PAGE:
Selective ban on live poultry imports puts Hong Kong at risk of deadly bird flu outbreak, expert warns
Silkie fowl, pigeons, chukars, pheasants and quail are all allowed into the city despite most of them being as susceptible to viruses as the common chicken
An influx of alternative birds to feed a gastronomic gap in the Hong Kong market left by a ban on live chicken imports increases the risk of a deadly bird flu outbreak, an expert has warned.
The concern was raised after it emerged that of the 5,643 birds that were slaughtered in a cull at Cheung Sha Wan wholesale market last week, only 48 were chickens. The rest were silkie fowl, pigeons, chukars, pheasants and quail.
According to Dr Howard Wong, a former government adviser on avian flu who is now a consultant for the United Nations, silkie fowl – also known as Chinese chicken – are just as susceptible to bird flu as the common chicken but continue to be imported from mainland China and sold in Hong Kong’s wet markets.
The strange-looking bird, notable for its poodle-like plumage, is not bred in Hong Kong and as such could only be entering the city from farms on the mainland, where this year at least 16 people have died following two outbreaks of avian flu.
Wong said: “It’s a mistake to import these birds from China [given the outbreaks] – no other country would take that risk.”
The former principal veterinary officer for Hong Kong’s Food, Agriculture and Health Department and executive director at City University’s School of Veterinary Medicine, added: “Common chickens are generally thought of as the culprit for avian flu, but that’s just because of their high volume on the market.
“While there isn’t much research into the susceptibility to avian flu of birds like the silkie fowl, there is no evidence that would suggest they are any less of a risk.”
Aside from common chickens, only pigeons are known to be less susceptible to avian flu.
Sales of live chickens resumed last Thursday after more than 3,000 samples taken from local poultry farms were found to be clear of bird flu.
Meanwhile, the Food and Environmental Health Department is carrying out a study into its policy of allowing the sale of live chickens in wet markets.
“The government is conducting a consultancy study on the way forward of the live poultry trade in Hong Kong, including whether the sale of live poultry should continue,” a spokesperson for the department said, adding that a public consultation on the subject would take place later this year.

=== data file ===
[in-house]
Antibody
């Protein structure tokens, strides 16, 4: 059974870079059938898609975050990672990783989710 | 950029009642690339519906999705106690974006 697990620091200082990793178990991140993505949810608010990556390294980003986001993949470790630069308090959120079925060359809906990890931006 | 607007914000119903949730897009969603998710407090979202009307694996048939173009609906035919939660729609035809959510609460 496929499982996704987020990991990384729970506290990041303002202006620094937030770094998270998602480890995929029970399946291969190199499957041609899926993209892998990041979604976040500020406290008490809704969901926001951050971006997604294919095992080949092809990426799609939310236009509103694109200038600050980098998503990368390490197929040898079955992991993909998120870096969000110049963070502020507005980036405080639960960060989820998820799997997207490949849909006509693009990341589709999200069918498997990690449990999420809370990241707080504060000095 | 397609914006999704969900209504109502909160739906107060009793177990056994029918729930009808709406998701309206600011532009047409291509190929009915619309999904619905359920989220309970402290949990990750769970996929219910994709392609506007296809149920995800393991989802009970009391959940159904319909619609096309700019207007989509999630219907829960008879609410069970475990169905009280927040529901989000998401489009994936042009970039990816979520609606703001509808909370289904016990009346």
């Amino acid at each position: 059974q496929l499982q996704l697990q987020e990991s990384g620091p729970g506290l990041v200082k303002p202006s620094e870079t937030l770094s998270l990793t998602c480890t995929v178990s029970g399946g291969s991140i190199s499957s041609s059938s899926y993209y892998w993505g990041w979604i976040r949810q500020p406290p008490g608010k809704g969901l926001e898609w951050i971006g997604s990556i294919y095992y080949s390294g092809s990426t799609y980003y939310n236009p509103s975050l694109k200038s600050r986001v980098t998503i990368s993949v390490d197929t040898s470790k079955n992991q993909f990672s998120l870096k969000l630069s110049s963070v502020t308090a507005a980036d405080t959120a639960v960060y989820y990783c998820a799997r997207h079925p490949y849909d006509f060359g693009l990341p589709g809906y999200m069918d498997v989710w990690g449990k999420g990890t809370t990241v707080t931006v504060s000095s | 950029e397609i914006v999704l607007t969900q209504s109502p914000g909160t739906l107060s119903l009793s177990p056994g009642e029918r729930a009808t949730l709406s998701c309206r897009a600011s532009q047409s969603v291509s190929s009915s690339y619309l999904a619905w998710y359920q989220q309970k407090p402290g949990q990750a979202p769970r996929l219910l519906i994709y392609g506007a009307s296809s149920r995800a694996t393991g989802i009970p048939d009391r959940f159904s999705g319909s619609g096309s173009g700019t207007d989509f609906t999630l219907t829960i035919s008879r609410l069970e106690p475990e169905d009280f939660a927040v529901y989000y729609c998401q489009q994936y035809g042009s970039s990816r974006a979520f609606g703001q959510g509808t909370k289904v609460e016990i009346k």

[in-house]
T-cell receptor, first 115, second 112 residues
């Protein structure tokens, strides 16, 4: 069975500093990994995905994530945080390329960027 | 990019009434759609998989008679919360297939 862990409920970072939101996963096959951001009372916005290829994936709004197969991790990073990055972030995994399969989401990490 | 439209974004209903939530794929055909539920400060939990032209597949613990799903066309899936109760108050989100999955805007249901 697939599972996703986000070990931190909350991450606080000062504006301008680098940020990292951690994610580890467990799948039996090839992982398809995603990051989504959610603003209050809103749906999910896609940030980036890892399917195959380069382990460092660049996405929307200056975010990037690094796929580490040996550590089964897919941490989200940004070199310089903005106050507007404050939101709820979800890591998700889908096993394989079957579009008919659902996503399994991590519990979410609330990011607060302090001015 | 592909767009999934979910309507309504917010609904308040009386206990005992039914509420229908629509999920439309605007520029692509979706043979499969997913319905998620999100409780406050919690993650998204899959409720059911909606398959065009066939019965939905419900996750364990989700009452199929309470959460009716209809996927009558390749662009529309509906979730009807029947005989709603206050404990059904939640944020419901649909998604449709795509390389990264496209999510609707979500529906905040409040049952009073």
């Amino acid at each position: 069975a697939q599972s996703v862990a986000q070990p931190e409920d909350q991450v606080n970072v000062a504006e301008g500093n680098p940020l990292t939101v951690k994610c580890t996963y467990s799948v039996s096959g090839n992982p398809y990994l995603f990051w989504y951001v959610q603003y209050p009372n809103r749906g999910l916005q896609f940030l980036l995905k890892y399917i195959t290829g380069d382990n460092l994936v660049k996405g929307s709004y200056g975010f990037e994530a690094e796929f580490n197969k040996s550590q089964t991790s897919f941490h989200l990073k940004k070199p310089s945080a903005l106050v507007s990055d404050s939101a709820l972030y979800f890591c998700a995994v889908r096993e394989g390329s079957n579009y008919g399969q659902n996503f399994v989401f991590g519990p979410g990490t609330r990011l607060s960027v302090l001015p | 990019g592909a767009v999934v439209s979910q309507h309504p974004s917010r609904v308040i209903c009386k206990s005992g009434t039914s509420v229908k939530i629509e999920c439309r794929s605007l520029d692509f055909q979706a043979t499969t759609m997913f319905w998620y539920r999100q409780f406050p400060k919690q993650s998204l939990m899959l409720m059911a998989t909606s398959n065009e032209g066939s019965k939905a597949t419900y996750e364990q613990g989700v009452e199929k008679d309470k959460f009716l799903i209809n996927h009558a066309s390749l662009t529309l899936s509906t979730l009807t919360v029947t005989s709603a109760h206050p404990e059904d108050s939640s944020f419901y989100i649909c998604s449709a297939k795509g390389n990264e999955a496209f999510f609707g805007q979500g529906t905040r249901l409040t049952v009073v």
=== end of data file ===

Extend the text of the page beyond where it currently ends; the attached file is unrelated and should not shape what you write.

“Imported food poultry – such as chicken, silky chicken, pigeon, guinea fowl, pheasant and chukar – must be sourced from registered farms under the supervision of the mainland authority.
“The government is adopting very stringent biosecurity and quarantine
measures at various levels of the live poultry supply chain to prevent avian influenza and protect public health.”
Since 2014, a total of 47,209 poultry have been culled at wet markets, according to figures from the AFCD. Of these, 28,827 were common chickens, 8,038 silkie fowl, 2,775 chukars and 1,625 pheasants.
The keeping of live birds for consumption in wet markets across Hong Kong remains a contentious subject for public health and animal welfare reasons.
“The Food and Environmental Health Department are doing a review into the wet market from a public health angle, but we’re also being consulted from the animal welfare perspective,” said Karina O’Carroll of NGO Animals Asia, who expressed concern about the transportation methods through which live poultry are brought to Hong Kong. Birds are kept in such close proximity that cross-contamination of disease is likely.
“We don’t agree with the traumatic methods [used] and we believe the poor hygiene standards increase public health risks,” she said.
The Society for the Prevention of Cruelty to Animals also weighed in, adding that bringing in live poultry for public display was an antiquated practice.
“Historically Hong Kong wet markets kept live poultry so that people could check the conditions of the birds, and also so that meat was fresh,” said Dr Fiona Woodhouse of the SPCA. “But now we have refrigerators and quality control, there’s just no justification for the practice anymore.”